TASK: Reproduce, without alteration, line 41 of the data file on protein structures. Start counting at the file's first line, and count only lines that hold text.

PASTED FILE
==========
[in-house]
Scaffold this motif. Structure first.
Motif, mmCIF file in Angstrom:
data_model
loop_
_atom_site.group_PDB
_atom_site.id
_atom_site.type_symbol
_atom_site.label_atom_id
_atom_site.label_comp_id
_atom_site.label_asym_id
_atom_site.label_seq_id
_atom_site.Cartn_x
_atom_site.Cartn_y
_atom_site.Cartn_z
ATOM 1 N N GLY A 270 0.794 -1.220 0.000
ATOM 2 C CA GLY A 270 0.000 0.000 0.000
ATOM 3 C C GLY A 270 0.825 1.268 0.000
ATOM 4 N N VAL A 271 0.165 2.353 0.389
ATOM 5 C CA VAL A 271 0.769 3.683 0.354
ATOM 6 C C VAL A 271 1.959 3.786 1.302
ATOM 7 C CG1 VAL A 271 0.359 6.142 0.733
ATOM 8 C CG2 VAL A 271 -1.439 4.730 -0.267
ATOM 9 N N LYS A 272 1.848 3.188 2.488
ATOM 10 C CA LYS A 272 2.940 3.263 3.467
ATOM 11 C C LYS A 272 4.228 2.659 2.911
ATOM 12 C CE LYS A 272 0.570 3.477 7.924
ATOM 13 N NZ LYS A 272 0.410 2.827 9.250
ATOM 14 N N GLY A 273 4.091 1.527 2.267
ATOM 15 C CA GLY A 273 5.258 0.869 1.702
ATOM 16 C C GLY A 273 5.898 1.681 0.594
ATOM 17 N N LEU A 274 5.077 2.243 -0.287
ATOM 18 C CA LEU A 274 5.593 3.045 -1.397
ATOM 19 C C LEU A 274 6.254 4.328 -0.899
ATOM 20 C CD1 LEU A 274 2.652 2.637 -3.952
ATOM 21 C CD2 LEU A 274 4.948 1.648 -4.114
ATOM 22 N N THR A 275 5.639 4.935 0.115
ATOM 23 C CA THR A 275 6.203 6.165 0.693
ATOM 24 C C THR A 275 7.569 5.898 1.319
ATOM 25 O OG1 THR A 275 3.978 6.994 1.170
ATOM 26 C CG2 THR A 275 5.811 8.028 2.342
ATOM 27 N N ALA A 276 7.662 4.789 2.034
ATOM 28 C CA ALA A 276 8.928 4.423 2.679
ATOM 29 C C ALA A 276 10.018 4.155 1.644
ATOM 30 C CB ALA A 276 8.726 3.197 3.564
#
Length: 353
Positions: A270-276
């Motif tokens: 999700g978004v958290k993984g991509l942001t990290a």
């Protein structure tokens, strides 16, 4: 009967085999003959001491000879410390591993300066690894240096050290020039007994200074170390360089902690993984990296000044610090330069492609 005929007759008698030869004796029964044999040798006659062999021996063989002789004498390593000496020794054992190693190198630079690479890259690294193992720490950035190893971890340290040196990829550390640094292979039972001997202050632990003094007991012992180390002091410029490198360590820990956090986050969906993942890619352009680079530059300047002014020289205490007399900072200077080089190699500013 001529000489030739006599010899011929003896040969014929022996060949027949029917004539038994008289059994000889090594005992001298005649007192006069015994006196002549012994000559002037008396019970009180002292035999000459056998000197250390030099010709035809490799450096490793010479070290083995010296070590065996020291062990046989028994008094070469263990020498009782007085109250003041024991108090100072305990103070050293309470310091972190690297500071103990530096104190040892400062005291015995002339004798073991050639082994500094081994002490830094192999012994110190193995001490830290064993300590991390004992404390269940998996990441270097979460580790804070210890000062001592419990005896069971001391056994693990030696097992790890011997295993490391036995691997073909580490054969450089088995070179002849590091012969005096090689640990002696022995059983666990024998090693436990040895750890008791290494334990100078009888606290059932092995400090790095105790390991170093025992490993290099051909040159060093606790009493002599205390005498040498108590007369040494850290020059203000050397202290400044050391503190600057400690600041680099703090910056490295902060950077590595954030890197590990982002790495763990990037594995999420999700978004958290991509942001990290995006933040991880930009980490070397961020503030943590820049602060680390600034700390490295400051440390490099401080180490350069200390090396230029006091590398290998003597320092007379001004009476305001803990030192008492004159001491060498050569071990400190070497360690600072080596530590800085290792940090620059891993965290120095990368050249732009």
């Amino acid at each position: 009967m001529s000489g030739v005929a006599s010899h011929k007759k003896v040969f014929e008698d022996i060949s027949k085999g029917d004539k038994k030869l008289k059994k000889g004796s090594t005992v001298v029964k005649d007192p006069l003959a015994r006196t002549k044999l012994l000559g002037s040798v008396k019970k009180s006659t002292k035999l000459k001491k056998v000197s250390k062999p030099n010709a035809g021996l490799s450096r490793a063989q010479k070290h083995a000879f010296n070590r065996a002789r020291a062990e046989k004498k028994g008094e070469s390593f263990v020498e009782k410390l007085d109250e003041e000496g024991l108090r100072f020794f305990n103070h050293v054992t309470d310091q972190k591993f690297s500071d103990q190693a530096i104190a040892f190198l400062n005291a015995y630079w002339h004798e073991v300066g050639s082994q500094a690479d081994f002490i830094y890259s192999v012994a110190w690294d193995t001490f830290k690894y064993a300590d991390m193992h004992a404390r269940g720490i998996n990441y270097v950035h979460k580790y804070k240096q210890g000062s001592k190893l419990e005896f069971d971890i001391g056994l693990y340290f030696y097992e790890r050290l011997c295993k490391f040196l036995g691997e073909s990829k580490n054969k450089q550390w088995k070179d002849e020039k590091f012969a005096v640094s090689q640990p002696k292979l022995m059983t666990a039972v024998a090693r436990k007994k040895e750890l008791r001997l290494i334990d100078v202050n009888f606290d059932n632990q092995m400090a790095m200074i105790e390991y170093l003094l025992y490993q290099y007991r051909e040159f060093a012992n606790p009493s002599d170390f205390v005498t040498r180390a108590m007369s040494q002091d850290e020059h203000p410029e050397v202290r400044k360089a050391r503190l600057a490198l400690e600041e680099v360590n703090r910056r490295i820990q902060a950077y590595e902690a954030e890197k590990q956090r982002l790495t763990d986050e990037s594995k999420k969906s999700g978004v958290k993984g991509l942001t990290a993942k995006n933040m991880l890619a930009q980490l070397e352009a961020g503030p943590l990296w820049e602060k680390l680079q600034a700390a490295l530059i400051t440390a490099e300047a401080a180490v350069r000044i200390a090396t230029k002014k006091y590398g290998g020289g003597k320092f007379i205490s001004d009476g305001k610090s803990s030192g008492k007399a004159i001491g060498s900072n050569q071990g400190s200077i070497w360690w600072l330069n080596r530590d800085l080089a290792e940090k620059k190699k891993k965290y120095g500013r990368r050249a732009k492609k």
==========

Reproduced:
ATOM 26 C CG2 THR A 275 5.811 8.028 2.342